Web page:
From The Plastic Hallway

“The music business is a cruel and shallow money trench, a long plastic hallway where thieves and pimps run free, and good men die like dogs. There's also a negative side.” -Hunter S. Thompson

Subtraction By Subtraction

November 20, 2015

"I'm scared of audiences.” ~ Adele

 

Adele’s new album dropped today, but I will not be hearing it.  Why?  I’m a Spotify user. 

 

I do not endorse Adele’s boycott of Spotify, and do not think it’s the right thing either for her, or for the music business at large.  I view it as a lost opportunity.

 

What if, instead of saying “no” to Spotify, Adele had found a way to cooperate?  Make an offering that consumers couldn’t refuse while embracing the popularity of streaming?

 

 

For example:

  • What if Spotify offered streaming previews of Adele's record that could have been unlocked for a premium price?

  • Or if Spotify offered the ability for 25 to be streamed only by premium subscribers?

  • Why not offer a limit on plays for 25, with more plays to be “unlocked” by paying an extra buck or two?

Instead of cooperating with Spotify and figuring out a way to swim with the current, the music business is, once again, choosing personal greed over progress.  Many are celebrating Adele’s decision to withhold her album from Spotify and I do not understand why.  Who wins?  The record company?  Publishers?  Certainly not music fans.  

 

And certainly not artists.  Adele is in the top one percent of one percenters: if you are a recording artist and think that you somehow benefit from this situation you just flat-out wrong.  The growth of Spotify is rampant, and all artists should want MORE people using the service, not less.  The recent failure of Apple Music has all but cemented Spotify’s position as the streaming music leader: http://bit.ly/hallway-DroppingApples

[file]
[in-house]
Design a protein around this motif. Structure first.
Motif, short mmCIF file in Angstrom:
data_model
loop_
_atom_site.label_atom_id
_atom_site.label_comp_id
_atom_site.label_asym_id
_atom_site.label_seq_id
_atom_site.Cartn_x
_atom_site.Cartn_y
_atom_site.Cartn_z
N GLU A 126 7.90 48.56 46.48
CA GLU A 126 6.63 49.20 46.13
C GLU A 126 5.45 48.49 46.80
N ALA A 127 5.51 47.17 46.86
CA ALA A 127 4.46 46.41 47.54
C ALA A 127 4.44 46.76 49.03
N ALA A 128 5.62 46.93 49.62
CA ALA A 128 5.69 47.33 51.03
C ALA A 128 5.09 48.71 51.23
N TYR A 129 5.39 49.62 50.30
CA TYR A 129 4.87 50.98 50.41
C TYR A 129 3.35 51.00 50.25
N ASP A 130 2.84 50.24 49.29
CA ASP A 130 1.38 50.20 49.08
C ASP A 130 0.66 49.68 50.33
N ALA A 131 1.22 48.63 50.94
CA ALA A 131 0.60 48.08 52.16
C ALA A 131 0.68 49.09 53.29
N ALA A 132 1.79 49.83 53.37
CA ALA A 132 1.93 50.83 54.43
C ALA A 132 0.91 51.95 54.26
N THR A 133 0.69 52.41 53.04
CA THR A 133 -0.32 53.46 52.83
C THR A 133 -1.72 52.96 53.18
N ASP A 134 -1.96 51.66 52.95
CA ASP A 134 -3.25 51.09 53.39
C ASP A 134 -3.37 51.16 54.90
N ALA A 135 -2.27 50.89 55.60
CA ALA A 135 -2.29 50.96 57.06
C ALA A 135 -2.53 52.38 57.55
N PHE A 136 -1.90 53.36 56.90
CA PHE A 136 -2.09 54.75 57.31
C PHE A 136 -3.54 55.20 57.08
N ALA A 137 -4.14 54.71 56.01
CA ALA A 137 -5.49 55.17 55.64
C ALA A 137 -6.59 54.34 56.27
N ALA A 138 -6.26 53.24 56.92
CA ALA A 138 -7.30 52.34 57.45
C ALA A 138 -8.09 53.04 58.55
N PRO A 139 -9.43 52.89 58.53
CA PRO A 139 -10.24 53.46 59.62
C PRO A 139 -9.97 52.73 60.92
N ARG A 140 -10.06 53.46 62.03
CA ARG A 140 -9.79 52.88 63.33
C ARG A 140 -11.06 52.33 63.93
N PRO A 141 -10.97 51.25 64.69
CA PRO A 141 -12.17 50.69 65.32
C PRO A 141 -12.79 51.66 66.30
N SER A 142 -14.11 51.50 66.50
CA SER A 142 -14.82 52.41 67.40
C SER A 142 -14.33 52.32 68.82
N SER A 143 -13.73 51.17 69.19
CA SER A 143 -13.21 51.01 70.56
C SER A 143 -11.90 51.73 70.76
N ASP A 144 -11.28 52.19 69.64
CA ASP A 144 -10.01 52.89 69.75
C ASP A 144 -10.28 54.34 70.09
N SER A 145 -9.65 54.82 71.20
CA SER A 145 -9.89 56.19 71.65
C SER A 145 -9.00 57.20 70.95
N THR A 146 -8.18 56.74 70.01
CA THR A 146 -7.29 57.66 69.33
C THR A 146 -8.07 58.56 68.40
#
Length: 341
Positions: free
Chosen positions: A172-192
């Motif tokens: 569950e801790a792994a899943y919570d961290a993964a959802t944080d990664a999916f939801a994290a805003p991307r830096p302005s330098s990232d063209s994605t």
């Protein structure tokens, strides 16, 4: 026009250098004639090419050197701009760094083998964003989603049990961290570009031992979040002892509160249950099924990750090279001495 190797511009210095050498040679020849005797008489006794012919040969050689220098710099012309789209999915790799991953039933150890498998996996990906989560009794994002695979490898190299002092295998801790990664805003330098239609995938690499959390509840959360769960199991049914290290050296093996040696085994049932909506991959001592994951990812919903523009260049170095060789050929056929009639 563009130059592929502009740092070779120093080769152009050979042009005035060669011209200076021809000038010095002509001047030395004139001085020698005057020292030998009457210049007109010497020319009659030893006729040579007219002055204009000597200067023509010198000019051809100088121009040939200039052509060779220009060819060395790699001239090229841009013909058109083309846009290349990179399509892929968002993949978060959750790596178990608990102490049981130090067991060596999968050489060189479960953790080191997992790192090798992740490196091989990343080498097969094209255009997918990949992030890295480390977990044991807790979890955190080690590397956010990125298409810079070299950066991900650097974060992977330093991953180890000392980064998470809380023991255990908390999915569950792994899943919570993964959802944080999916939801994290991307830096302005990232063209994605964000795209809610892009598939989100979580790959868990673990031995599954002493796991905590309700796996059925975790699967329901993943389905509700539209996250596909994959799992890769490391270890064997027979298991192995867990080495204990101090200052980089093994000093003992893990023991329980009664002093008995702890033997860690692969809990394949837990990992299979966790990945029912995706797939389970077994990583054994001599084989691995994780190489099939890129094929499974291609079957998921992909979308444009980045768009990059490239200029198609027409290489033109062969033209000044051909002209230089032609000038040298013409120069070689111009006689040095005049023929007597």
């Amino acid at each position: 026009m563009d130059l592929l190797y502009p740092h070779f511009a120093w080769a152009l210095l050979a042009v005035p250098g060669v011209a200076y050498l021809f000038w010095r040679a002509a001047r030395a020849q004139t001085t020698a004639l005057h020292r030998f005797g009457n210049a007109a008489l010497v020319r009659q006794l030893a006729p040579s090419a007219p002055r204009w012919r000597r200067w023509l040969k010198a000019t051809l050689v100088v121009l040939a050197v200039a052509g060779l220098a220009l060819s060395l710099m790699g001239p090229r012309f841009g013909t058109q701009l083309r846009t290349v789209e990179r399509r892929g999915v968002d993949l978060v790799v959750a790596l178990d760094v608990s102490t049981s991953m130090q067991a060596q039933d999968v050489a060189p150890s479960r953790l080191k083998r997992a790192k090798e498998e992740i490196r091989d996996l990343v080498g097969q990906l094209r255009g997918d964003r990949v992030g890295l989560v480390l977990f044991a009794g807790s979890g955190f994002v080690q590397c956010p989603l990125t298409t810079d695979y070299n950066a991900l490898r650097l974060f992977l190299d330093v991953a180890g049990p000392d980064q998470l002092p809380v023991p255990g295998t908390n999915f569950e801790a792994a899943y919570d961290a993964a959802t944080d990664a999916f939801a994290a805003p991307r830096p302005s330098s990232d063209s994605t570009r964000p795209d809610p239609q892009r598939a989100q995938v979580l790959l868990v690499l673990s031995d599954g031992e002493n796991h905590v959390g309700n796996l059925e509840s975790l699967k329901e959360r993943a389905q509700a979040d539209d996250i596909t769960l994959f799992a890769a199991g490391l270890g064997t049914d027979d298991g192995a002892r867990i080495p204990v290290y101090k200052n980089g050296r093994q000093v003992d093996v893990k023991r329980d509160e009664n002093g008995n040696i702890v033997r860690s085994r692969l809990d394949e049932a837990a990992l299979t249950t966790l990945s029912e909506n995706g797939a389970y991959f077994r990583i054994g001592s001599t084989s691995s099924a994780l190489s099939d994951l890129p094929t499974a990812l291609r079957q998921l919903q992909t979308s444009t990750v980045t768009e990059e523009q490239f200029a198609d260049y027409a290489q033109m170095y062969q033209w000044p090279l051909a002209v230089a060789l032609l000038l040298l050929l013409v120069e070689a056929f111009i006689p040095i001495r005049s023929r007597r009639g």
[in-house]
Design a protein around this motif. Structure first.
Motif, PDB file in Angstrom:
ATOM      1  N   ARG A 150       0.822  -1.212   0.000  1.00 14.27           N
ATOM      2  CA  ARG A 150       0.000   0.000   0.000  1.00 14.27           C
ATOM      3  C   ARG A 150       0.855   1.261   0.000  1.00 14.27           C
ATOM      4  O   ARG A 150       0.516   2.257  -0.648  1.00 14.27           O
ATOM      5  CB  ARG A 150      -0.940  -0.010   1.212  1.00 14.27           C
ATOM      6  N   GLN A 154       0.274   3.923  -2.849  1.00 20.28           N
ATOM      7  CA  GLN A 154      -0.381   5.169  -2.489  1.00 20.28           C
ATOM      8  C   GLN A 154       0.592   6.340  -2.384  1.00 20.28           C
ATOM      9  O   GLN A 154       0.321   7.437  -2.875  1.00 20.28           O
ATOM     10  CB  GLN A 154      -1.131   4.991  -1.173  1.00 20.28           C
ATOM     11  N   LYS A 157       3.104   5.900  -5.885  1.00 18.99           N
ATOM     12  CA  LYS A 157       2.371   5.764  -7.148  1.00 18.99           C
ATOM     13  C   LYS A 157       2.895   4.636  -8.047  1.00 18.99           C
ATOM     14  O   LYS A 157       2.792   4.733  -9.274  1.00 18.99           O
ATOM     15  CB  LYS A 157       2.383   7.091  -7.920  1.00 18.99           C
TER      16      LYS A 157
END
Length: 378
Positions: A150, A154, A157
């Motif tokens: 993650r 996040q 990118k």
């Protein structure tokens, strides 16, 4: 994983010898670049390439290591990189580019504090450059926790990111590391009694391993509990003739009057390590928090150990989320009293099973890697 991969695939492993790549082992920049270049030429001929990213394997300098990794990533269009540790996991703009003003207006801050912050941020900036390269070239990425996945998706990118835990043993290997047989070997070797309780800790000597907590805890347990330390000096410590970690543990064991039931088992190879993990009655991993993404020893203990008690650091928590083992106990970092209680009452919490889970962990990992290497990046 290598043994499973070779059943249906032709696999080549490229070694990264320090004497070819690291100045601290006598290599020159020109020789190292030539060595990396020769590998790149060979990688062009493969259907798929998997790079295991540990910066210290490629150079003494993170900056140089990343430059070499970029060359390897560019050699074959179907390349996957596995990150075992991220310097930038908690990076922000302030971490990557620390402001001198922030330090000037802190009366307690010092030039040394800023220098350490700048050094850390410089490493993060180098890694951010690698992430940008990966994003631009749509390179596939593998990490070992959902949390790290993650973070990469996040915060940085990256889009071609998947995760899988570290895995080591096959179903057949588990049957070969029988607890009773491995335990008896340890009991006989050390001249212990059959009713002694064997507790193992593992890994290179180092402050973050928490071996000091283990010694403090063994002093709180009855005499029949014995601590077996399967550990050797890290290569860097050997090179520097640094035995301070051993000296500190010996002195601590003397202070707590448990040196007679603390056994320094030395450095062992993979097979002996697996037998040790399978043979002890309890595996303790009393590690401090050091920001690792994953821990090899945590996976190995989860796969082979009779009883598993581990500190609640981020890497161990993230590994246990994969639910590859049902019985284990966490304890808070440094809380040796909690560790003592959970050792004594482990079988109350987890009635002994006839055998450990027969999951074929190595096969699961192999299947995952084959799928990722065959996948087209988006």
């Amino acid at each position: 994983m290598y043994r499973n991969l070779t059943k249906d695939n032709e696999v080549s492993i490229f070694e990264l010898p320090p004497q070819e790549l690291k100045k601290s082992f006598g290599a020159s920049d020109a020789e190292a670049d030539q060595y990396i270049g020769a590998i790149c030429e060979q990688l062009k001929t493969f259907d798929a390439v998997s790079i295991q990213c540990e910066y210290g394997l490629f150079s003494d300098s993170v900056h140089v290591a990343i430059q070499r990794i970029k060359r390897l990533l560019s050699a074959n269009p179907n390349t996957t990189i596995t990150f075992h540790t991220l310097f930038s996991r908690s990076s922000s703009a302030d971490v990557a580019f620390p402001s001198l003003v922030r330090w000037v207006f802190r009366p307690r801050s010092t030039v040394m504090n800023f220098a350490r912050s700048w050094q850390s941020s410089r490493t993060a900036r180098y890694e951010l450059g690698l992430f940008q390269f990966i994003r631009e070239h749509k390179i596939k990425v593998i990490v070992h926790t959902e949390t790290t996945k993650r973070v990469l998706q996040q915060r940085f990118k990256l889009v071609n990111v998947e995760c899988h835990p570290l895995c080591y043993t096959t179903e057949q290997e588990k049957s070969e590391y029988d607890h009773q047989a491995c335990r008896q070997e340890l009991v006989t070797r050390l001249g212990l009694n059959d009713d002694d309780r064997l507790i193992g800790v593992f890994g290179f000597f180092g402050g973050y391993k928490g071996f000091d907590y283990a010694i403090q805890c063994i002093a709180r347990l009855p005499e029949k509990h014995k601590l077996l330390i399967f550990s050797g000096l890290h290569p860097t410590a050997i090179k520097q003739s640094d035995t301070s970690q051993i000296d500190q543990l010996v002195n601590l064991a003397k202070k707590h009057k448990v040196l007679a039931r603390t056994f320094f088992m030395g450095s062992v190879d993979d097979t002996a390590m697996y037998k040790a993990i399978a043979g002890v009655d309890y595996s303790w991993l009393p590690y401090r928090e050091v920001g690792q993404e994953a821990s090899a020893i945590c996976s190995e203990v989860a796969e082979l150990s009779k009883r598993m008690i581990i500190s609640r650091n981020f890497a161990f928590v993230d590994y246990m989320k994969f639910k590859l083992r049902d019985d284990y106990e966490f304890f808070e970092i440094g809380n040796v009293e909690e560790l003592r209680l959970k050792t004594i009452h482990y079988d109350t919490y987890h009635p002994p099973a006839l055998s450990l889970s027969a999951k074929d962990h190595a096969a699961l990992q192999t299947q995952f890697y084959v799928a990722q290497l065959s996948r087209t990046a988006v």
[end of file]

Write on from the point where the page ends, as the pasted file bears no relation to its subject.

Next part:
Sure, Spotify’s payouts are lousy: half a penny per stream to labels/artists, and an absolute pittance to songwriters.

Sure, Spotify is owned in part by the three major labels: 18% of it owned by Sony, Universal, Warner. http://www.digitalmusicnews.com/2014/06/11/major-labels-trying-sell-spotify-10-billion-sources-say/ 

 

But the fact of the matter is, Spotify is still the number one streaming music service in the U.S. and it is a shame that its users are being deprived of this great new recording.  Worse, it is a shame that Adele is missing out on all of the myriad ways that Spotify offers music fans an introduction to her new jams.  Spotify offers a truly robust listening environment – and now Adele’s record, at the likely peak of its popularity, will be intentionally omitted from this portion of her audience.  

 

Because cash?  Super.  Thanks.

 

Someone remind me – how did that whole Napster/P2P thing turn out again?… 

 

- JLS

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